How to remove Linux from dual booting with Windows

How to remove Linux from dual booting with Windows

The use of virtual machines and the presence of Hyper-V technology in all editions of Windows (Hyper-V can also be installed in Windows 10 and 11 Home), leads users to use these solutions to run one or more Linux distributions “on top” of the Microsoft operating system. Many, however, prefer to opt for the dual boot, a historic approach that consists of installing a GNU/Linux distro “next to”, for example, Windows. Bootloader and boot manager then allow you to choose, when starting the machine, which operating system to run from time to time.

When setting up a dual boot setup Linux-Windows, the only aspect to take into due consideration is the division and structure of the partitions on the disk drive. Likewise, when you decide to remove Linux from dual boot and back to booting only Windows, setting partitions plays a crucial role. By acting roughly, you risk that Windows will no longer start correctly. The good news is that, barring any major errors, the situation can be fixed quite simply.

Remove Linux by undual booting with Windows

Per remove Linux from dual boot with Windows, it is necessary to juggle a procedure that develops in two parts. We assume that we are dealing with a UEFI based system (Unified Extensible Firmware Interface) and not su legacy BIOS.

First you need to change the boot sequence by accessing the UEFI interface in order to assign maximum priority to Windows Boot Manager. As a second step, you can then proceed with removing the Linux distribution partition.

Change the boot sequence with UEFI

When installing Linux in dual boot configuration, GRUB or others bootloader they “self-configure” themselves as primary startup managers. When Windows is already installed on the system, you will have to deal with two bootloaders: the “free” one (for example GRUB) and the one developed by Microsoft for its operating systems.

The advice is therefore to access the UEFI configuration and set Windows Boot Manager as the item to load first when the system starts. The way to access the BIOS may vary from system to system. However, to immediately bring yourself into the BIOS UEFI While Windows is running, we suggest pressing the key combination Windows+R then type the following command:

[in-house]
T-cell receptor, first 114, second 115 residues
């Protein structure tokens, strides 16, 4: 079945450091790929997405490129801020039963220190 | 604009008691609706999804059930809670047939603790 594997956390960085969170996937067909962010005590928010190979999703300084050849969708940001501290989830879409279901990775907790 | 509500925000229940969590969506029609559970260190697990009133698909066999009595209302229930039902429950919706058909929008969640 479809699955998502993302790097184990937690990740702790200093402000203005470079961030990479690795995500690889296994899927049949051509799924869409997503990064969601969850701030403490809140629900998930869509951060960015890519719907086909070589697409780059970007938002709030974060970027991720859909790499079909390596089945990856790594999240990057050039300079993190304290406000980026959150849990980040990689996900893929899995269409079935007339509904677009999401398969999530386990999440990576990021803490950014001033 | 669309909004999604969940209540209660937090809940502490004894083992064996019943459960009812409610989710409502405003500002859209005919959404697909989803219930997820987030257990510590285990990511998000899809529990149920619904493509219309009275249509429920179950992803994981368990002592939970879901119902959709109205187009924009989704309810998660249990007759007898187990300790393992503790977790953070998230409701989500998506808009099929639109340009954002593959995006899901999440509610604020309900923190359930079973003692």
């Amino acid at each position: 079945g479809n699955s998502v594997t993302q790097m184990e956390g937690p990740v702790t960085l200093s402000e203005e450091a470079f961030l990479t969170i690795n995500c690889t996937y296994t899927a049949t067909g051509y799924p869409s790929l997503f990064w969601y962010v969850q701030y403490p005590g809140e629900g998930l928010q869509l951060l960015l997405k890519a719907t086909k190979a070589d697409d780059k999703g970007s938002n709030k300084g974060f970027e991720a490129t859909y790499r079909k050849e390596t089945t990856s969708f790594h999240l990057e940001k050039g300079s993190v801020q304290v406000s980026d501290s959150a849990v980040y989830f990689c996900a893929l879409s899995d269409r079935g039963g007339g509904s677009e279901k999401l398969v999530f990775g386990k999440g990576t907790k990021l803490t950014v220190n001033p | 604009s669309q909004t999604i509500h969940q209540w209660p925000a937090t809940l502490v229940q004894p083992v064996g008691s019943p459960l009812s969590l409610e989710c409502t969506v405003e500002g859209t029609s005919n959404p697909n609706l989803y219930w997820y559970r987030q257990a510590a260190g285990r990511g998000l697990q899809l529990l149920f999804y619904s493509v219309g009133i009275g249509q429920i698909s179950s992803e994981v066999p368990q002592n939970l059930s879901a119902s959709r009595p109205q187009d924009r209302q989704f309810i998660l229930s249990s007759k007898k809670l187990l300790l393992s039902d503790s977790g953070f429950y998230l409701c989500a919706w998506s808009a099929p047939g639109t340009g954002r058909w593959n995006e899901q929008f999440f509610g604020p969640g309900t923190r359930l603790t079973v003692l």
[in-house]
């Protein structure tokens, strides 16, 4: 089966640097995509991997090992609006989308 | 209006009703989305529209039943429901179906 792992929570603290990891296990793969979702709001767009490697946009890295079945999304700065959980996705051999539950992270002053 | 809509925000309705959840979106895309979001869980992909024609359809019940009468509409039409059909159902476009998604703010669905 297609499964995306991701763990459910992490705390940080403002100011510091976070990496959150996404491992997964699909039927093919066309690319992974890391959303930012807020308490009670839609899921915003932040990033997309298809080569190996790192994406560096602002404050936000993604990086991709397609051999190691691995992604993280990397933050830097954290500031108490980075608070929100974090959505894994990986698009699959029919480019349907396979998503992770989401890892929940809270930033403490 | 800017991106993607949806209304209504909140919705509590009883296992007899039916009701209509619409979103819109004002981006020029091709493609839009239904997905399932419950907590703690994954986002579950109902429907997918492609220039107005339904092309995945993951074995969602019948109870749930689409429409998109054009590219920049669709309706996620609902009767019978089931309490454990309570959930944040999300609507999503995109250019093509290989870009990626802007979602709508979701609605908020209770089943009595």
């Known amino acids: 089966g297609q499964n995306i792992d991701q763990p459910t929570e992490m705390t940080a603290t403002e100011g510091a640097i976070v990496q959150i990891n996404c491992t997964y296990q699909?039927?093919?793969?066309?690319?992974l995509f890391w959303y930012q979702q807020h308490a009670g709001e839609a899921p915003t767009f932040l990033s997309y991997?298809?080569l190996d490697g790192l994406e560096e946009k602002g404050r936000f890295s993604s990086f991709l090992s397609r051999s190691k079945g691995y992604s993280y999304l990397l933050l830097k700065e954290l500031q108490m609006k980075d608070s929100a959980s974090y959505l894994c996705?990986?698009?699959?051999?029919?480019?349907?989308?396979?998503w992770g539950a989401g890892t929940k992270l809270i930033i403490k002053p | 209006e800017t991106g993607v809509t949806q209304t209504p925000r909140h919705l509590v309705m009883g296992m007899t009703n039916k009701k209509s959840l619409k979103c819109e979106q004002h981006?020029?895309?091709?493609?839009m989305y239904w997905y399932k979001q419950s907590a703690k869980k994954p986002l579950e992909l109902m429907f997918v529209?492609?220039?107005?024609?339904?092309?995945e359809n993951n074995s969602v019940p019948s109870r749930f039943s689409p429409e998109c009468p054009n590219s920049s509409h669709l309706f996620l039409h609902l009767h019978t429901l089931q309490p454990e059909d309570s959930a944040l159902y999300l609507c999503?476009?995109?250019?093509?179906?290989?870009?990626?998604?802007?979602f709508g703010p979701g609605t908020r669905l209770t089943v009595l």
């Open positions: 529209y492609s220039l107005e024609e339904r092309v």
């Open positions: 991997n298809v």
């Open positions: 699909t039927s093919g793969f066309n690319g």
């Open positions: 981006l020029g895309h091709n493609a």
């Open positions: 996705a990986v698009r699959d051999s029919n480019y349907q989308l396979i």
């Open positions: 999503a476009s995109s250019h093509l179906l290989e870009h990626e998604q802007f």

shutdown /r /fw /f /t 0

You don’t have to simply press Enter once you’ve typed the command into the field You open but rather CTRL+MAIUSC+INVIO so that the instruction can be executed with administrative rights.

Boot the system in UEFI

The system will reboot and the UEFI BIOS interface will be automatically offered. Here you need to select the option Boot sequence or Boot priority order (or similar) then use the appropriate keys (usually the arrow keys) to set Windows Boot Manager come first boot option. The option GRUB, Ubuntu or any other distribution name must follow.

As a final step, you have to save the configuration of UEFI and reboot the system (Save & Exit).

Delete Linux partitions from Windows

The change applied to the UEFI BIOS configuration causes Windows to boot normally, without the appearance of GRUB dual boot.

Once the system has restarted in Windows, you must press Windows+X then choose Disk Management. Usually identifying Linux partitions is pretty simple: when you install Ubuntu or other distributions, you usually have a root partition, a swap partition, and a home partition.

By right clicking on each of the Linux partitions then on Remove volumes, you can get rid of the partitions attributable to the penguin. However, it is a good idea to check what you are doing over and over again, to avoid removing partitions that you instead want to keep.

You can possibly help yourself with the following command, to be issued in the command prompt window (cmd):

wmic logicaldisk get caption, description, providername, volumename, filesystem, size, deviceid

What to do if you have problems starting Windows

If something goes wrong and Windows doesn’t start, for example due to the appearance of a error message regarding GRUB (Grub rescue, no such partition), you can fix the boot process using the Microsoft operating system installation media.

Boot media can be generated with the Media Creation Tool or by downloading the Windows 10 or Windows 11 ISO file then using a program like Rufus. Here we saw how to download the Windows 11 ISO image; in another article how to download the Windows 10 ISO.

Leaving the inserted USB support with the Windows 10 or Windows 11 installation files, depending on the operating system installed on the machine, and restarting the system, when the screen for choosing the language, time and currency format, keyboard layout appears, you must simply click the button Avanti. In the following screen you must choose instead Reset the computer.

Ripristinare computer dual boot Linux Windows

With one click your troubleshootingyou must then select Startup Repair so let the routine Windows Setup automatically fixes problems that prevent the operating system from loading normally. The suggestion is to repeat the procedure 3 times, possibly restarting the machine between one attempt and the next.

Windows boot recovery

If he Windows automatic recovery If this doesn’t work, you can follow the instructions to restore Windows on UEFI systems. In fact, by pressing the key combination MAIUSC+F10after having booted from the Windows installation media, you can apply the advice given starting from step n.8) in the previously suggested article.

Opening image credit: Copilot Designer

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